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Foam rolling, also called self-myofascial release, is performed using a cylindrical piece of foam. There are many different ways you can use a foam roller, all of which are intended to release muscle tightness and tension, increase blood flow and increase your range of motion.
Foam rolling is one of the most important rehabilitation practices that anyone and everyone can and should be doing after every workout.
It works by applying pressure to specific points, often referred to as trigger points, where you feel the most pain or soreness. Since you are the one who feels the pressure of the foam roller, you can decide how much weight you put on it, according to the level of soreness and in which exact area.
When should you foam roll?
Foam rolling for a few minutes before any cardio warm-up or exercise routine and then for five minutes after your workout would be ideal. If there is ever a period of time you are feeling particularly tight at a certain trigger point, you can also foam roll right before bed.
Here is a short foam rolling routine that I follow, if an area is particularly sensitive or sore, you might want to spend more time on it.
Lay with your quadriceps muscles (top of your thighs) on the foam roller, supporting your upper body with your hands right below you. Begin to foam roll by pulling your body with your hands over the foam roller, stopping right above the knees and right below your hips. You can shift to one side to put more pressure on one side or the other. Proceed to slowly roll back and forth for 15-30 seconds.
Sit on the ground with the foam roll underneath your hamstrings (the underside of your thighs). Support your weight with your hands at each side. Begin by pulling your body back and forth to roll on the foam roller. You can lift one leg to put more pressure on a single hamstring at a time if needed. Proceed to slowly roll back and forth for 15-30 seconds.
Sit on the ground with the foam roller underneath your calves. Support your weight with your hands beside you when you begin to roll. Proceed to pull your body back and forth, putting as much of your body weight on your calves while foam rolling.
For even more pressure to foam roll your calves even deeper, cross your ankles over each other and foam roll one calf at a time. In this case, you will need to lift your entire body using your hands at your sides. Foam roll for 15-30 seconds.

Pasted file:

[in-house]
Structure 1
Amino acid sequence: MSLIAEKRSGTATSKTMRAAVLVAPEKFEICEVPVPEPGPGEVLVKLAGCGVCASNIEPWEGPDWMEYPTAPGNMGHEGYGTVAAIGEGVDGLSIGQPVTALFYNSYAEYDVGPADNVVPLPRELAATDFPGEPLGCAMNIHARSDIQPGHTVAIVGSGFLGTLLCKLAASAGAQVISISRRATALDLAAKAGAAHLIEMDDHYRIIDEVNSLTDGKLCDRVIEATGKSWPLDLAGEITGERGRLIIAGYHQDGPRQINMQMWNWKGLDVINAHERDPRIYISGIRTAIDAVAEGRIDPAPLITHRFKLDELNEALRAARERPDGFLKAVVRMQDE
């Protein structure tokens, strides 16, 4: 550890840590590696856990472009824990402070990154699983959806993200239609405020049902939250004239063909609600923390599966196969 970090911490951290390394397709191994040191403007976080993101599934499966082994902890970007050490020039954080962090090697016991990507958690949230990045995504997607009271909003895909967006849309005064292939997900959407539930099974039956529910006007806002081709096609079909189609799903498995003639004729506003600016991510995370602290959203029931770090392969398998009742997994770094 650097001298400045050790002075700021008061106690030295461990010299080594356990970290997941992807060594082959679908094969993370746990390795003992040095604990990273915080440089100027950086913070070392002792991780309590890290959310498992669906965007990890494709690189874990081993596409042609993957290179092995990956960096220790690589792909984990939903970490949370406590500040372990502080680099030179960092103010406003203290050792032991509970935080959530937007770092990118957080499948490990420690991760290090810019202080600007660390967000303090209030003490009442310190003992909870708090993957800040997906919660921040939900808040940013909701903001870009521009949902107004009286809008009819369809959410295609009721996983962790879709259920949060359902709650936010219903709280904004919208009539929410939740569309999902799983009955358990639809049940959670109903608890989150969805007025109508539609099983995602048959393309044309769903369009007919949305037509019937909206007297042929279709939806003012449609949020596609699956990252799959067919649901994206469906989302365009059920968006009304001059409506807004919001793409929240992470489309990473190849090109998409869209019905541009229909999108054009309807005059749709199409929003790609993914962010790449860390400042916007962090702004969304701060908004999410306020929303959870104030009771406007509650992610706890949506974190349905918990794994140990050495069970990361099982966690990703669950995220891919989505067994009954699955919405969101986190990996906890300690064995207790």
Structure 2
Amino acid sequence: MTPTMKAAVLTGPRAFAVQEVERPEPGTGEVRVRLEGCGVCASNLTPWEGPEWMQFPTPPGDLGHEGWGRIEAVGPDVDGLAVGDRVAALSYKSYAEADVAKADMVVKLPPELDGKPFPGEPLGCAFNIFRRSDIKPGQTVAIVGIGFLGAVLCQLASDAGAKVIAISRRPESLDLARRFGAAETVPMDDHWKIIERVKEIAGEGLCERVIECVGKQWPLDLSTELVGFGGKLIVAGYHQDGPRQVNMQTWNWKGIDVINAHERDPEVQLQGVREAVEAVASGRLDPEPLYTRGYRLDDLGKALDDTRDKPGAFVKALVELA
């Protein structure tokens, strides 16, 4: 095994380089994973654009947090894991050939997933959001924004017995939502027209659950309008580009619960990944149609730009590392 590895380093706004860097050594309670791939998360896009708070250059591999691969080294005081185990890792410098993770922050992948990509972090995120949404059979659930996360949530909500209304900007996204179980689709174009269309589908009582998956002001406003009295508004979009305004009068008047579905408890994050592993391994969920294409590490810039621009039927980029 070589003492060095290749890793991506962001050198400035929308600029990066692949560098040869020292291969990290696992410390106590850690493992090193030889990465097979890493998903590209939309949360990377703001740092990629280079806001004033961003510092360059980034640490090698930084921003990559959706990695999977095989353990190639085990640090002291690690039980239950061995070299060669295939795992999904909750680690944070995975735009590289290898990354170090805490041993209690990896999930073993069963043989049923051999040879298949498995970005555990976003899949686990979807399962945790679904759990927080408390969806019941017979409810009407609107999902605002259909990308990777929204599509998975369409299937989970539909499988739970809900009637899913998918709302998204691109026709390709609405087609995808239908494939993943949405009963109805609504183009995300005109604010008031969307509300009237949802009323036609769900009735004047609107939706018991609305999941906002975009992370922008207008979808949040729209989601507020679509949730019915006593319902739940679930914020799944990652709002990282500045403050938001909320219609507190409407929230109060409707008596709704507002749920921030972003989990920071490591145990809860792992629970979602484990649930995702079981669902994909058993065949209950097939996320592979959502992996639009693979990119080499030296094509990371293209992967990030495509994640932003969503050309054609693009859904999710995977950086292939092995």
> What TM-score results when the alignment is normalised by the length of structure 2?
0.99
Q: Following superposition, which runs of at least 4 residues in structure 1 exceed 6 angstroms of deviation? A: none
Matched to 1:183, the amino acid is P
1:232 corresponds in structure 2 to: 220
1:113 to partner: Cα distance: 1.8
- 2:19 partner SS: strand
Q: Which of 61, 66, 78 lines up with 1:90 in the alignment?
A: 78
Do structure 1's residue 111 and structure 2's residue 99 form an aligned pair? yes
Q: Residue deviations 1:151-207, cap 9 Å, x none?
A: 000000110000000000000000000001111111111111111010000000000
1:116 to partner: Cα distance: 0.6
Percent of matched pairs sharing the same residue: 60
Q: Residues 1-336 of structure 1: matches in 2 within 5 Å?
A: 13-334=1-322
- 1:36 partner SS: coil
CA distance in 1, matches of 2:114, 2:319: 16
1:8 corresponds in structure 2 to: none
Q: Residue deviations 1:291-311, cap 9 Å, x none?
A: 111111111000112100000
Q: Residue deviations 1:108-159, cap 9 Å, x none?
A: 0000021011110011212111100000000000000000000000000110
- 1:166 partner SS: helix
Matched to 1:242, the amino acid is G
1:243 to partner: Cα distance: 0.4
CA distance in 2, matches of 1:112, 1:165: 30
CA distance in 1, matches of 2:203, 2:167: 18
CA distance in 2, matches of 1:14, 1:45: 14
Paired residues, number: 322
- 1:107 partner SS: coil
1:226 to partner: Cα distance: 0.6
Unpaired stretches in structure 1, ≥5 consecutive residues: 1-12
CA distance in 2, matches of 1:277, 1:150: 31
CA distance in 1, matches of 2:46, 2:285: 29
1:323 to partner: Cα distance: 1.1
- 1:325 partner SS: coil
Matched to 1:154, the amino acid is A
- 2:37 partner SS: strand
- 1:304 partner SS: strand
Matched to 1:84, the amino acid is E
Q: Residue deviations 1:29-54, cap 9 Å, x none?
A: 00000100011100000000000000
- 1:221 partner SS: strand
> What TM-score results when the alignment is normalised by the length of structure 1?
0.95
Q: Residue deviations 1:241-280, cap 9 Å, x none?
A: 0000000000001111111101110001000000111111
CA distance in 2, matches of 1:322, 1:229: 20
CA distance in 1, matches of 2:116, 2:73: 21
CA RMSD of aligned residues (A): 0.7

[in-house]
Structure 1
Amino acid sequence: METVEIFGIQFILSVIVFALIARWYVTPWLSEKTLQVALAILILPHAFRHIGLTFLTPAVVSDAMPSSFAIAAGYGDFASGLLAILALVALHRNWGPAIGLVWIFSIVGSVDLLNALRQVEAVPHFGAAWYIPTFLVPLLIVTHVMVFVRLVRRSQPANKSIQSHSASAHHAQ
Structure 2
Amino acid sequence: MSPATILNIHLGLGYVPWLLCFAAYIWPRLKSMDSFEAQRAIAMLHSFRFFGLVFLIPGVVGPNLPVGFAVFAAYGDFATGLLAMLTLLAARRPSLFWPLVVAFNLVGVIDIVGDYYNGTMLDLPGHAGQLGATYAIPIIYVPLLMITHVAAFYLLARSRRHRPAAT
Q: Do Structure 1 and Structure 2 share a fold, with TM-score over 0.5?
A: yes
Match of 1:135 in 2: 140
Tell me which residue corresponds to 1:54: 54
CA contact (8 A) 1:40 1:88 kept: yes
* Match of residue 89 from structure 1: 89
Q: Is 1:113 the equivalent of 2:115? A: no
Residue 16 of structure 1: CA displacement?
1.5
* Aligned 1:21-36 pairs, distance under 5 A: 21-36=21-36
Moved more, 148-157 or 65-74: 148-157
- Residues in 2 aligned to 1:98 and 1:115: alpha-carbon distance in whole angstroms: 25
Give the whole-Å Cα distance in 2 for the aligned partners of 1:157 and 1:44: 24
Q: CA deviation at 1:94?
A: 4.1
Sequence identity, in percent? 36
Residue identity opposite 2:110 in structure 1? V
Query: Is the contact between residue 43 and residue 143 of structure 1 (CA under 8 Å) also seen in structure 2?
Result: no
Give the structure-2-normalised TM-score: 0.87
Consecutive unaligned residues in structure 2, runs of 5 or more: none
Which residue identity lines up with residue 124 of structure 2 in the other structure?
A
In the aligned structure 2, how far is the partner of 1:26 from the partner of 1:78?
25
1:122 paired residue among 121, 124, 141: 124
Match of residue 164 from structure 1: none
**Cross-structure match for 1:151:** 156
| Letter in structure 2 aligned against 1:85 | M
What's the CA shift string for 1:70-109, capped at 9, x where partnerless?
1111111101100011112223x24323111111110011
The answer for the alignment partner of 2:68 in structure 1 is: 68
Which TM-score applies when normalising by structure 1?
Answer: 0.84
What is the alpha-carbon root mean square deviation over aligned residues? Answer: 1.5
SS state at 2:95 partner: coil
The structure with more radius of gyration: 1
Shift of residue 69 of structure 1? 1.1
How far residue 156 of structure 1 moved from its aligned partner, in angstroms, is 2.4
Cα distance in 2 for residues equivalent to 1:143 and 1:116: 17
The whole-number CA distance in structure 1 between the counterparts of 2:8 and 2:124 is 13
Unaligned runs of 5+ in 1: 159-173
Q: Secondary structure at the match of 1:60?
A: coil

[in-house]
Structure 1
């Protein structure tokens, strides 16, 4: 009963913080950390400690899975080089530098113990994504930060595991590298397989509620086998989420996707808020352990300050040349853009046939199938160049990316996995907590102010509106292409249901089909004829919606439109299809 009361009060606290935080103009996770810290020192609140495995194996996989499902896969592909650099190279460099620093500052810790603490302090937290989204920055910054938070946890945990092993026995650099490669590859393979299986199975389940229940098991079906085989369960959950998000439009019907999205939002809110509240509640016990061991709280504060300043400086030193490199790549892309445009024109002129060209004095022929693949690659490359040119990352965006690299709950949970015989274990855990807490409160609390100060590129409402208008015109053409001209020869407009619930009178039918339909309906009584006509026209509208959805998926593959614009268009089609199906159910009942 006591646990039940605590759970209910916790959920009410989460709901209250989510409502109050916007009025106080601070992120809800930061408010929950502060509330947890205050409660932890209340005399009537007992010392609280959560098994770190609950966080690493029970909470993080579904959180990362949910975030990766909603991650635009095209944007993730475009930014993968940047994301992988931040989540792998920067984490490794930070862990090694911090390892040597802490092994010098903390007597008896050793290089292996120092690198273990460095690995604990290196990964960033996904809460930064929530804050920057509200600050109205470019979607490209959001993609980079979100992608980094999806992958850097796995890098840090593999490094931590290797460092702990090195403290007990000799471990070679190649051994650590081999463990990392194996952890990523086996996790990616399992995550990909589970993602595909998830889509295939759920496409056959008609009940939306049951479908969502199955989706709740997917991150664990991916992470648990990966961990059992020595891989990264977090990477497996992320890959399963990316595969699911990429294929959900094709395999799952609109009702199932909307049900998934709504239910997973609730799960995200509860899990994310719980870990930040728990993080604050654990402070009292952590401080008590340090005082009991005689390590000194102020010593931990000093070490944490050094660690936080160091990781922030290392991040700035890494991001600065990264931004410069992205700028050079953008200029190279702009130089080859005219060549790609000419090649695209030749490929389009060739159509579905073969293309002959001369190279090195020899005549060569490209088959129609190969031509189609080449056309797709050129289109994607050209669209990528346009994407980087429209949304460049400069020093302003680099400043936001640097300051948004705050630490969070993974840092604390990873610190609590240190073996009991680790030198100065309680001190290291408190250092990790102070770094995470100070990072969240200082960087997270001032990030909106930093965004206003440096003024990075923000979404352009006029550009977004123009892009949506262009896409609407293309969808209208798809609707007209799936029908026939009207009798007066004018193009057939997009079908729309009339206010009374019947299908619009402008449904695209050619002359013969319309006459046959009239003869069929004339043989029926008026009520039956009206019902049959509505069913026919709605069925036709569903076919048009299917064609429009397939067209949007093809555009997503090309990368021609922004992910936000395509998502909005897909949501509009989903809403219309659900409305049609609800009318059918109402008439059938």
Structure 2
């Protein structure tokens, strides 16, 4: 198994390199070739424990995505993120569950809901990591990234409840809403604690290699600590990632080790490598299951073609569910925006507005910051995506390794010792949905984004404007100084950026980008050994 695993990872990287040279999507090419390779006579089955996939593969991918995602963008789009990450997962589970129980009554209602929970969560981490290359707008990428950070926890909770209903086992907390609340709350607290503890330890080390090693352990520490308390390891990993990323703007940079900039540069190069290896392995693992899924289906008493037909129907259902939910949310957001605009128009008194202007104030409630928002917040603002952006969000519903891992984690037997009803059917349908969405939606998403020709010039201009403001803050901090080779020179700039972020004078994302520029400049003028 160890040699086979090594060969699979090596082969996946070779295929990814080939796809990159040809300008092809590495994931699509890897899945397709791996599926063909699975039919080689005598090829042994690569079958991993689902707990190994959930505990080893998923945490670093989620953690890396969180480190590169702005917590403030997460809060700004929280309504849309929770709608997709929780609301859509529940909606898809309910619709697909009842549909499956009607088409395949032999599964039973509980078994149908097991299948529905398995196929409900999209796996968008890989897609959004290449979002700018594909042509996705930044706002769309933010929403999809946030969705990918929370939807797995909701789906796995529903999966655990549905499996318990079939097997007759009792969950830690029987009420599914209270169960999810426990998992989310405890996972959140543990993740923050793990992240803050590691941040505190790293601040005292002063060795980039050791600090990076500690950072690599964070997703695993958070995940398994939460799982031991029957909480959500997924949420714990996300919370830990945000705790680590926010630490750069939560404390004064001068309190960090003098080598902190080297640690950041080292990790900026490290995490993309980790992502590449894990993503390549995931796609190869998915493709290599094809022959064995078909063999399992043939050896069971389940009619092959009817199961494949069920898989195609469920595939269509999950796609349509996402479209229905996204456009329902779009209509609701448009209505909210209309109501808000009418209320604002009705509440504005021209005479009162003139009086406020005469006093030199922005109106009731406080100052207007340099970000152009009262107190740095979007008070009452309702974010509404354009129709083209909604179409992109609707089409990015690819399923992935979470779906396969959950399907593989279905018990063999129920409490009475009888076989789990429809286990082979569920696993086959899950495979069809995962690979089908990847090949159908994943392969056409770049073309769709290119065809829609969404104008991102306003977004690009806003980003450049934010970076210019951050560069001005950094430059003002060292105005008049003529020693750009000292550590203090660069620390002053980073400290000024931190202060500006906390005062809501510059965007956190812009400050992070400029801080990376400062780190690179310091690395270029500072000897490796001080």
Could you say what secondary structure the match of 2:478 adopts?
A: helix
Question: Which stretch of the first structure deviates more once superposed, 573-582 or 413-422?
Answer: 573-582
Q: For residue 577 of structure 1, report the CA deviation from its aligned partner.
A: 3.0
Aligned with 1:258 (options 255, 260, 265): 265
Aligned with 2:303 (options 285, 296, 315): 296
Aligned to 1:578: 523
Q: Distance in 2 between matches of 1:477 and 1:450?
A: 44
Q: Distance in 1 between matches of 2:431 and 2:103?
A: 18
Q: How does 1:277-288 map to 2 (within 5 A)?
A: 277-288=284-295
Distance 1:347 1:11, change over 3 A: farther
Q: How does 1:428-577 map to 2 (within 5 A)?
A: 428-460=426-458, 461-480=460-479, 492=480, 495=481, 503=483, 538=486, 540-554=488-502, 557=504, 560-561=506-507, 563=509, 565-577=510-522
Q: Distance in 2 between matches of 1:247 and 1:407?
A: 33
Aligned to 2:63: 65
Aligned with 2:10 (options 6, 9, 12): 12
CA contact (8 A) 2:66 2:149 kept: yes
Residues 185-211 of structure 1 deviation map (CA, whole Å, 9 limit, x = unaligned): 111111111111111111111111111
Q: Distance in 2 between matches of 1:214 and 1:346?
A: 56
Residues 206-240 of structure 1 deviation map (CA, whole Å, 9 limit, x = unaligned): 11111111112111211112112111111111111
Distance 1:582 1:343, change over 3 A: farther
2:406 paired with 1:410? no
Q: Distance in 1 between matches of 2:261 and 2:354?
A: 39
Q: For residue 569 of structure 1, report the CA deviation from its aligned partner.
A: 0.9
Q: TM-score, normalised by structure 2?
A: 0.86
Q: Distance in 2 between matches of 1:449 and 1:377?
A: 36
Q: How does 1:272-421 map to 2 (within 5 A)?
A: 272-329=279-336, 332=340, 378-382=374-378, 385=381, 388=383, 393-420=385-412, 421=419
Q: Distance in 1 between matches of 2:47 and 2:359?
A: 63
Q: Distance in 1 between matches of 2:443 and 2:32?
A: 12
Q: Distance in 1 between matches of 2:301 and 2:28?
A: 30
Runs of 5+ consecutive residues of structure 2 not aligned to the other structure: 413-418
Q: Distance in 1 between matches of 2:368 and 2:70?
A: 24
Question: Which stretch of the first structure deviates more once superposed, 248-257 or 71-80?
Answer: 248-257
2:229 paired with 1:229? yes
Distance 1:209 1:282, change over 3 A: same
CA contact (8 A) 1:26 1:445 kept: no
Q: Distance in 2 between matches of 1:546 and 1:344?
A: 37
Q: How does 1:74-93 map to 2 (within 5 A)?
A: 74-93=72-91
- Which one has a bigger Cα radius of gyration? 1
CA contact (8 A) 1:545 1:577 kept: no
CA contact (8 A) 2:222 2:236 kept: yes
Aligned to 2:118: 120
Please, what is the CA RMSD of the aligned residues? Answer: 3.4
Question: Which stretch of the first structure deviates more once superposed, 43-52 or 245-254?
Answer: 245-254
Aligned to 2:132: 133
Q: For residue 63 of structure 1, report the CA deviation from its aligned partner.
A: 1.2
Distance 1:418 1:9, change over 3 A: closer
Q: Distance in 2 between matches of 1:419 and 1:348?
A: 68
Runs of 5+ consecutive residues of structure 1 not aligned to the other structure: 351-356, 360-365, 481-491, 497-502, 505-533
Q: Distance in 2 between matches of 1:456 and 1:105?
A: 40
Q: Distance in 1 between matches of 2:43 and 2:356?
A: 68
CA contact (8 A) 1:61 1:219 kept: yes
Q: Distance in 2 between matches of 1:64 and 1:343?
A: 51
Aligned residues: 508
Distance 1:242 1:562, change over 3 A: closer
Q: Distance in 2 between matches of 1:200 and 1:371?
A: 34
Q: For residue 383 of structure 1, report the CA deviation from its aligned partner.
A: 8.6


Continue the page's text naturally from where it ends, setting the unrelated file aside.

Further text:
4. Hip flexors
The position of the foam roll will depend on exactly where you have hip flexor pain. It could be directly on the top or on the side, where your hip flexors connect to your glutes.
Begin by placing the foam roller right where your thigh connects to your hips and lay on top of it. Unlike foam rolling bigger muscle groups, like your hamstrings and quads, your hip flexors are a much smaller area so you will only make small rolling movements. Slowly roll only a few inches back and forth and feel free to rotate your body more towards the side to identify where your hips feel the tightest. Once you have identified where you need to foam roll, hold this position for a few seconds then proceed to roll in small movements for 15-30 seconds per side.
Before performing this foam rolling move, be sure you have no back or spinal injuries. If you do, discuss foam rolling your back with your primary care physician. Lay with the foam roller under the middle of your back and slowly roll down so the foam roller ends up at your upper back. Use your feet to pull your body back and forth. If you feel uncomfortable rolling your back, you can simply place the foam roll under your back at specific points for 15 seconds. When foam rolling, foam roll for 15-30 seconds.
6. Stretch out abs
Lay facing the ground with the foam roller right under your hips or where is most comfortable to perform this movement. Your hands will be clasped underneath your nose, similar to a plank position. Begin by pushing your body back and hold this movement for five seconds. You want to focus on stretching out your abdominal muscles each time. Perform for a total of 15-30 seconds.
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